Wed 16 Nov 2016 8:17AM

Dynamic and Unfolding Processes instead of Static Solutions

RH Ronen Hirsch Public Seen by 348

Craig and I initiated a conversation that began with my response to his post on taking back social media: https://medium.com/enspiral-tales/taking-back-social-media-could-be-world-changing-35c479cc387f#.xrcs5iv2e

We would like this to be an open conversation instead of a private correspondence stored in our inboxes. Hence this space ad this thread. What follows is my response:

I too have been holding a story for a couple of years about a social dynamic. I haven't evolved it it much because I am one person (who doesn't enjoy coding) and I feel this should be a group effort (way too many decisions for a single person to make). Given that there is no group, I've been contemplating not so much the system itself but what would be a relevant first step to make it happen.

This has brought to me a realization that I believe is key to any effort to make a substantial change in our social media landscape. I believe that we need to stop seeking solutions and start creating, changing and tuning processes. I believe that a better social media future is one where there isn't one solution but diverse solutions that create an web of interactions which lead to vastly different social dynamics than what we have today. The question, I believe, should NOT be how to create a better Facebook, but how to create a different socio-technological process (that, amongst other things, creates software solutions) that would lead to something inevitably different then what we know today.

The question is then, what would be the sun, the center-of-gravity, around which such a software ecosystem could exist?

I believe that at the heart of all our social efforts lies the individual - an independent, free and accountable individual. Simply put I believe everyone should have a self-owned, open-source based, online presence. This is a basic building block which, I believe, may lead to different social-constructs. Currently, coming together has either been either designed to create or resulted in fragmentation of our online-selves. When I participate in a conversation (such as your filterburst.useresponse.com) I create a fragment of myself which someone else (in this case you & useresponse.com) can control and manipulate. That is, I believe, at the core of what gives Facebook its power. Many people who are on Facebook would like it to be different, but they have no say about that. They walk around disgruntled and carrying a misplaced sense of entitlement to a voice about the space they (wrongly) believe they own. I believe this common (unconscious?) architectural choice (individual fragmentation) has been a systemic fault in most of of the attempts (including those listed in your post) that have been made to create alternatives to Facebook.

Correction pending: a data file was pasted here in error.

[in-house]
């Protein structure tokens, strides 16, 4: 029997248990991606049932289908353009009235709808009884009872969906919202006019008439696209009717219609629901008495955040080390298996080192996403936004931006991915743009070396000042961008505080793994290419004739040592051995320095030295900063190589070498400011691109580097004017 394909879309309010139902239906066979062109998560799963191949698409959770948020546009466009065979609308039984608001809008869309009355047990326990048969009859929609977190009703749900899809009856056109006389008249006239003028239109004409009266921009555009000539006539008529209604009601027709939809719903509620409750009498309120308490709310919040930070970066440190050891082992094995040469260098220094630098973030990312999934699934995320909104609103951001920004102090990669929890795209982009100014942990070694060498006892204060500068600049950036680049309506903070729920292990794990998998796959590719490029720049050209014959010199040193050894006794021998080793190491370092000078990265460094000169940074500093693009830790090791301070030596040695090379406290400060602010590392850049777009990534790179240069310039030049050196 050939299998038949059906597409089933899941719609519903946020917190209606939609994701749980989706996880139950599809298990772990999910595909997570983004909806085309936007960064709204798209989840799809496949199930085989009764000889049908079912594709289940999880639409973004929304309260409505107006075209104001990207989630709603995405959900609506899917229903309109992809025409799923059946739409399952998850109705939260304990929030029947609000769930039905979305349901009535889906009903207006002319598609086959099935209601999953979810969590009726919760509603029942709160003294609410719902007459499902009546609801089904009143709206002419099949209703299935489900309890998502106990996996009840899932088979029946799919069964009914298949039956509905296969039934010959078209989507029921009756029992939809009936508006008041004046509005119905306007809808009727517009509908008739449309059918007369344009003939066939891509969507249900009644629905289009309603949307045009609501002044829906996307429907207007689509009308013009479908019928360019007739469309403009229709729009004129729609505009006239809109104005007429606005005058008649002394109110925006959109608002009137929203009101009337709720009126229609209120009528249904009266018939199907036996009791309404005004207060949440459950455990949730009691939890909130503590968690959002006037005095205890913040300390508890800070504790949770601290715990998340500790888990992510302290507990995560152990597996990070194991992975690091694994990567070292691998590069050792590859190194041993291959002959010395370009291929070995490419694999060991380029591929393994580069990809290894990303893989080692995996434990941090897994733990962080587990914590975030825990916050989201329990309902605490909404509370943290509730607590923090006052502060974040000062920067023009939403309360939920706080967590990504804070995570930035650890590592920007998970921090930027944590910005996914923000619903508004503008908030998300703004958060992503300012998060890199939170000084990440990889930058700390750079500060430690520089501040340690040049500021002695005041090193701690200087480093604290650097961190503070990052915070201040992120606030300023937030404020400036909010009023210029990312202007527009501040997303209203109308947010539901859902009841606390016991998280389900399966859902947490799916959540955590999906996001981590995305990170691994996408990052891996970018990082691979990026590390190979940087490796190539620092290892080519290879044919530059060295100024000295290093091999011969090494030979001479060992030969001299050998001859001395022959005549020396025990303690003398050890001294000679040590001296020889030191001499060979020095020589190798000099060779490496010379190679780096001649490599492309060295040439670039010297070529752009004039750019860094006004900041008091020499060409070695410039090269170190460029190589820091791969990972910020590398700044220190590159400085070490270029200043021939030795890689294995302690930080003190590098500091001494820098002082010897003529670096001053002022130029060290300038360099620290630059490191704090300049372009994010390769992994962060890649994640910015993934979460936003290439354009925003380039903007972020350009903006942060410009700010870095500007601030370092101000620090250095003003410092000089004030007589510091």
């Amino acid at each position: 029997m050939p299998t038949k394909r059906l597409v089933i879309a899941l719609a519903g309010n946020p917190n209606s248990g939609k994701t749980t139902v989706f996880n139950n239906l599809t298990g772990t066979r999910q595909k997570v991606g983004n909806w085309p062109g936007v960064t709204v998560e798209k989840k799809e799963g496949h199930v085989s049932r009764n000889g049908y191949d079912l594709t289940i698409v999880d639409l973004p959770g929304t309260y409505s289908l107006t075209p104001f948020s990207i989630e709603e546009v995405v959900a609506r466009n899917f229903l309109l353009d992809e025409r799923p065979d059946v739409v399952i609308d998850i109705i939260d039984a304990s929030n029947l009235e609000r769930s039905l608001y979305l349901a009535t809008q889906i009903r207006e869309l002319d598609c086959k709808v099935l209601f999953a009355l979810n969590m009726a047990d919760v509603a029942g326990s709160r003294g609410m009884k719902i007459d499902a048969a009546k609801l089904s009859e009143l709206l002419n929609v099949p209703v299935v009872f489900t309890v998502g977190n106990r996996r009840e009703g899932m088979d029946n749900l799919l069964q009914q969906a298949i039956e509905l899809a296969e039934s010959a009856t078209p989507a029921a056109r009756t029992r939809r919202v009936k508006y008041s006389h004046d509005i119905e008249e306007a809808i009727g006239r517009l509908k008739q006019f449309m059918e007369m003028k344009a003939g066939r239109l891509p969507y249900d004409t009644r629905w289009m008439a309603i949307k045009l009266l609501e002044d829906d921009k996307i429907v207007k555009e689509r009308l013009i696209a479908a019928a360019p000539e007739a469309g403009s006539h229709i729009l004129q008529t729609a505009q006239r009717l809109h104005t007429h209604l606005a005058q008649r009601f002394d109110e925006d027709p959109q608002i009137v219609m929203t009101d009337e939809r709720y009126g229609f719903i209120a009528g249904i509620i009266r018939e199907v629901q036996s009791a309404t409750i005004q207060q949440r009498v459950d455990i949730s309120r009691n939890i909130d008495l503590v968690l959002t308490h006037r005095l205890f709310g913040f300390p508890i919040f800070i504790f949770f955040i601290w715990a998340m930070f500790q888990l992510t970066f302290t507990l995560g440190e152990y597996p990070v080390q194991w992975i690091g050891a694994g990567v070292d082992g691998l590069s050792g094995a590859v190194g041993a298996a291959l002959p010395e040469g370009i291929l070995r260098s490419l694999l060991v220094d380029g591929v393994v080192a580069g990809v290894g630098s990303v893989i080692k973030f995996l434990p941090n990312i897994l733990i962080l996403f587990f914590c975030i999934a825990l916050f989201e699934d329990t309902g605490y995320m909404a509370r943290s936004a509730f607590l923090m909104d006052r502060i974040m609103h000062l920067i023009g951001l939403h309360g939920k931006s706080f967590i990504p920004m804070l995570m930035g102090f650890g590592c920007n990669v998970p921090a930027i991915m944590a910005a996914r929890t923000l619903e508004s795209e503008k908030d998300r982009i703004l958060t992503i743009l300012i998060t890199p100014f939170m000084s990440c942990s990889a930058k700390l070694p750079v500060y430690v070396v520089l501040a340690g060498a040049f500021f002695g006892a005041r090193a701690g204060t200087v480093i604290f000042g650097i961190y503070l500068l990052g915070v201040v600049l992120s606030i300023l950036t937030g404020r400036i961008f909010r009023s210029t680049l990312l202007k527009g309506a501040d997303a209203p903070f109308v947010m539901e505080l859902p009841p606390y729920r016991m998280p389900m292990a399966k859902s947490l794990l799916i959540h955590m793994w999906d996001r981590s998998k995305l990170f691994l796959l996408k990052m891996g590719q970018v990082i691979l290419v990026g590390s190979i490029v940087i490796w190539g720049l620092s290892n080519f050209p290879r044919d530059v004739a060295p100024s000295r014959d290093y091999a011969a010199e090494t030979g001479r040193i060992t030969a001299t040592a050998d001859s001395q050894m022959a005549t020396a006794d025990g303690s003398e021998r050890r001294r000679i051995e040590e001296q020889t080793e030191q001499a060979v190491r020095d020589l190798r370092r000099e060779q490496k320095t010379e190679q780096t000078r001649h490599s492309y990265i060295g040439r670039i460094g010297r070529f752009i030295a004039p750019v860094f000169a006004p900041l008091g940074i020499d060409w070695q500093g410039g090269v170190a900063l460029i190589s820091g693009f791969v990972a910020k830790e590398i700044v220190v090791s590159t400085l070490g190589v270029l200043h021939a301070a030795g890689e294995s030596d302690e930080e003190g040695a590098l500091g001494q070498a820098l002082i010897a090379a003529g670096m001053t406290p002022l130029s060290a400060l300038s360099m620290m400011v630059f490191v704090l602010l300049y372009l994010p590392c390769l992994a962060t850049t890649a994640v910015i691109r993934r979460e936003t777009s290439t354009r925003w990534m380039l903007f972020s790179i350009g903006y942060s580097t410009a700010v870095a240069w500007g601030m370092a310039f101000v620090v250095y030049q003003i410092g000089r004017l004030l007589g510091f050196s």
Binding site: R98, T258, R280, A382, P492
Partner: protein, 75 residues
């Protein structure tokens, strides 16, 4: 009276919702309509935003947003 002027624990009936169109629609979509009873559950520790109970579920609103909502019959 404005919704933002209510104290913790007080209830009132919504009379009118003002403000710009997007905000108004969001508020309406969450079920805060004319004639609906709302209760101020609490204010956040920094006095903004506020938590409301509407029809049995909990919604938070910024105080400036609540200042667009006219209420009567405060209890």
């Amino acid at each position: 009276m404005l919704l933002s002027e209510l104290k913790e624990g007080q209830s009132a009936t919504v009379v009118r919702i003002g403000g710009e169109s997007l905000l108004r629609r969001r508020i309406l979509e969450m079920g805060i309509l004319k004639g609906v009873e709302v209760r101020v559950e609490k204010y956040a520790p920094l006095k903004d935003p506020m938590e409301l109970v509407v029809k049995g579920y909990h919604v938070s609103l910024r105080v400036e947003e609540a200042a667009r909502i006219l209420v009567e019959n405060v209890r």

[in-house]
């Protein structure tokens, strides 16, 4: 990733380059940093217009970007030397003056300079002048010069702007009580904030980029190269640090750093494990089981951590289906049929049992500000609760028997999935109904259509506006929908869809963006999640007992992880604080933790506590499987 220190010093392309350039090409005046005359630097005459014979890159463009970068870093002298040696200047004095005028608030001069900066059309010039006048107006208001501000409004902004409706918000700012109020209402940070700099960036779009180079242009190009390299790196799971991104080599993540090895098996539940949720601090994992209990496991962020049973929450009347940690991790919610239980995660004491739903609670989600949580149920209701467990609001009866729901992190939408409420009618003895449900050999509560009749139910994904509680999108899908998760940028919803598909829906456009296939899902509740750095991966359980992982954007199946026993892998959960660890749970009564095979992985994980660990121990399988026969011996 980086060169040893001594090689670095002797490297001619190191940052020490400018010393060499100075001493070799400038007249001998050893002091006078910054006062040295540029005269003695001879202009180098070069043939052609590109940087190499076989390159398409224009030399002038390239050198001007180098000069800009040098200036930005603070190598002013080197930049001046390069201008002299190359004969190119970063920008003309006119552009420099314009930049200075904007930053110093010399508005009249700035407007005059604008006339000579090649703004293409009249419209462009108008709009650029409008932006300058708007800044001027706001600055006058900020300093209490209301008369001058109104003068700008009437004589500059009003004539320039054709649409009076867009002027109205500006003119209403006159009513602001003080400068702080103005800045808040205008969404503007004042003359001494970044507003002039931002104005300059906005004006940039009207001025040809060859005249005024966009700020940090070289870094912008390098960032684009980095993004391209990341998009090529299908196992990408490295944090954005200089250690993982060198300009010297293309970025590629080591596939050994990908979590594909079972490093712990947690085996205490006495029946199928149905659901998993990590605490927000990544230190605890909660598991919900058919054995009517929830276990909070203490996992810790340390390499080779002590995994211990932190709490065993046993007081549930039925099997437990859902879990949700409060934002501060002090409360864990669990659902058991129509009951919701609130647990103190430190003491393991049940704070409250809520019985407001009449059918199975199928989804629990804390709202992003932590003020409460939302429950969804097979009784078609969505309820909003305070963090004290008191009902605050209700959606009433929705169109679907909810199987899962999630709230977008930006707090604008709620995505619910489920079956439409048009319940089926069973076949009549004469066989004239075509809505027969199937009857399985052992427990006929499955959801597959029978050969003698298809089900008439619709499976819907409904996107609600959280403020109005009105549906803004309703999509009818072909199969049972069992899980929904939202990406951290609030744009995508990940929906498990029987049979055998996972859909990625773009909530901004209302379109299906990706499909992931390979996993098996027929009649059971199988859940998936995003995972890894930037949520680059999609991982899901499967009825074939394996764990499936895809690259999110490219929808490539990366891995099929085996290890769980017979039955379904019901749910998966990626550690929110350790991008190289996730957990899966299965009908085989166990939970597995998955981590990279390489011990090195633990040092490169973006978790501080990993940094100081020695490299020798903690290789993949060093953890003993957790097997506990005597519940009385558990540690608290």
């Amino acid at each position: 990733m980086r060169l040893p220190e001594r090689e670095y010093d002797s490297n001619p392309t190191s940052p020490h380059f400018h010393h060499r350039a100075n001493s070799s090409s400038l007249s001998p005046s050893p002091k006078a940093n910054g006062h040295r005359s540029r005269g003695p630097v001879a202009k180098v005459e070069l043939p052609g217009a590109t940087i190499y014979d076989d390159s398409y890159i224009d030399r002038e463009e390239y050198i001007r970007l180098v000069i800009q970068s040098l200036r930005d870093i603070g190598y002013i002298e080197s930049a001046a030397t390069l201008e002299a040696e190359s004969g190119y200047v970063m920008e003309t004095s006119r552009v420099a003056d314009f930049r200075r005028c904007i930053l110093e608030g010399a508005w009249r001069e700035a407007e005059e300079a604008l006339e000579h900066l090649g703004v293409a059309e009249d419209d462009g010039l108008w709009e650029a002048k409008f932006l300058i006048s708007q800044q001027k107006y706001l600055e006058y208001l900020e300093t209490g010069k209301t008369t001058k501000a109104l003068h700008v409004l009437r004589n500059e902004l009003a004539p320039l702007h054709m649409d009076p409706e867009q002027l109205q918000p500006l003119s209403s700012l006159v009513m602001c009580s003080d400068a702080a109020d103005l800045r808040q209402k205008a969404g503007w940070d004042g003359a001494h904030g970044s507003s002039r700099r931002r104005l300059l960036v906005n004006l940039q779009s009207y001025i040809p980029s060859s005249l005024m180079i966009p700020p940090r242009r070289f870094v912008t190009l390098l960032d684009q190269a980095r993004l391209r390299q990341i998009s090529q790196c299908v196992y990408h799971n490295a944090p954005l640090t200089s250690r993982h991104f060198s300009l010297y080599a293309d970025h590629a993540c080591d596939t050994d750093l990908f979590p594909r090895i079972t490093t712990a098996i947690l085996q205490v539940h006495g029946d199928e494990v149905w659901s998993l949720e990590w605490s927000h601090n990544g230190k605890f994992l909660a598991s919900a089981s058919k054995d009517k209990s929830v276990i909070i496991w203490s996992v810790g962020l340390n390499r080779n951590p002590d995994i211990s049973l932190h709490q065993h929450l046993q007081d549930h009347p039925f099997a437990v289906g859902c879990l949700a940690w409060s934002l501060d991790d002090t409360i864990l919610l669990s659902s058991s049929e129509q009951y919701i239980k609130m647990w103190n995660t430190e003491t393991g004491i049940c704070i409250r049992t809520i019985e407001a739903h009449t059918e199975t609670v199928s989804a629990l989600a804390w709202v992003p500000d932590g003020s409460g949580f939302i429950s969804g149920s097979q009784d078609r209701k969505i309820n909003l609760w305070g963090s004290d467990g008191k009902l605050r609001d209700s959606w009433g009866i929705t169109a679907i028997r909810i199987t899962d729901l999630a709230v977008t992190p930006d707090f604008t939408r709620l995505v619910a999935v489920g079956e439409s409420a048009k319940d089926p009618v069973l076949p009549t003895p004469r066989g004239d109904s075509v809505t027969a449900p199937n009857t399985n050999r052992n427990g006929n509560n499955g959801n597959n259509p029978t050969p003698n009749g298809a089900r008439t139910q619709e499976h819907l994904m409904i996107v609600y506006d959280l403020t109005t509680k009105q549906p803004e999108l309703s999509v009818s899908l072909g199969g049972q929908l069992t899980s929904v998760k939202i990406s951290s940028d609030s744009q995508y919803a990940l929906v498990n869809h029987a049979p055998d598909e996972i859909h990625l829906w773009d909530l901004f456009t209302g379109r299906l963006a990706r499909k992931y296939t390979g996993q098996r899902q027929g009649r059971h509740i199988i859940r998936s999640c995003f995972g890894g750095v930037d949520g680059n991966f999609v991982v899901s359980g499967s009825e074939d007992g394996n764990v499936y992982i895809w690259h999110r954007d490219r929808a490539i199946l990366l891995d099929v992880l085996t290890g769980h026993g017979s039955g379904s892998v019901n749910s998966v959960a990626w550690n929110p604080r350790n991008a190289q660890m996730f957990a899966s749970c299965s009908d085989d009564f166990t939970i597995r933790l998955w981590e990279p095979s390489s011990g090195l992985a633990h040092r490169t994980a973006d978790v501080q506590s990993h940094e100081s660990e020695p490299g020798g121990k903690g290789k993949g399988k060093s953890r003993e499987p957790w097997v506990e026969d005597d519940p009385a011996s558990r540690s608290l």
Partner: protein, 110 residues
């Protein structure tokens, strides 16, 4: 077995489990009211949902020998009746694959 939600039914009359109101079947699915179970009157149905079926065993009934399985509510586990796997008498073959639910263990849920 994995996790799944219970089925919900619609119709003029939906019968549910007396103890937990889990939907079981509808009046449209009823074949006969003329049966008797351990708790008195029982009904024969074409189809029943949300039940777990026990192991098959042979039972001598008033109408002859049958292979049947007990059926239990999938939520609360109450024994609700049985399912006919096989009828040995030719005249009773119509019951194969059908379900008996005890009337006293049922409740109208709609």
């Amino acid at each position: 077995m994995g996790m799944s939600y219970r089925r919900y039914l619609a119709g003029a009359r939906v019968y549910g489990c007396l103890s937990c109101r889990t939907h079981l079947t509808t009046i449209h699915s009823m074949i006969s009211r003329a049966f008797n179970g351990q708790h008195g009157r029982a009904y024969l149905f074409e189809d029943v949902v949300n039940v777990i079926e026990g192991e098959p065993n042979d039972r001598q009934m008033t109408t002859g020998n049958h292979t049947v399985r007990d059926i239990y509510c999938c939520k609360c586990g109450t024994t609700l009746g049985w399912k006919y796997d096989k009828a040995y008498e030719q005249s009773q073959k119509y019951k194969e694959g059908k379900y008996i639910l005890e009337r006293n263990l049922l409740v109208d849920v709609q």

With that in mind I would like to share with you:

I believe that many of the building blocks to create this realize already exist and that there are working examples of this. But I leave that thread of conversation for another time.


john gieryn
Mon 28 Nov 2016 4:25PM

I'm good with whatever anyone has energy for... cheers to autonomous action :)


Ronen Hirsch Sun 20 Nov 2016 5:01PM

Thank you for that @hazelashton.

Your comment send me into further reflection and discernment. I believe we can create online communal spaces around concrete needs, but we can do so in a way that leads towards individual presence. The underlying architecture I believe in can can still be applied. I have written about it a bit more extensively: http://oameni.iamronen.com/2016/11/20/if-you-have-to-start-with-community/

On a more philosophical note I want to say this. I believe that we need to acknowledge where we are today, to respect that place and to work from it. I believe we have become fragmented. Modern money-based life has undermined and dliuted much of what in the past was social experience.

I buy (or sometimes exchange) my food from my neighbor farmers. I know them and am sometimes deeply involved in their lives. If you get your food in a supermarket in a city do you have a relationship with the cashier? with the person who stocks the shelves? with the truck driver who shipped the food? with the producer? with the shareholders of the supermarket chain? We live in a world of diluted relationships.

I believe this has also undermined our ability to experience community. Though the word community is used very liberally, I believe we don't yet have a mature grasp of what it is and how it can function.

So in fact, we are fragmented AND there is a deep rooted wish in us to become communal.

Personally, I want to believe, as you say, that we are all connected. I am starting to see signs of it, but my past life experience was not aligned with that belief. I think this is true (to varying degrees) for many people and we need to respect that.

In the communities I have visited or tasted a common theme is that individuality is sacrificed for the better of the community. I believe that is a profound moral flaw. Communities, I believe, are supposed to elevate their individuals, to create opportunities and freedoms that could not be afforded to them as individuals.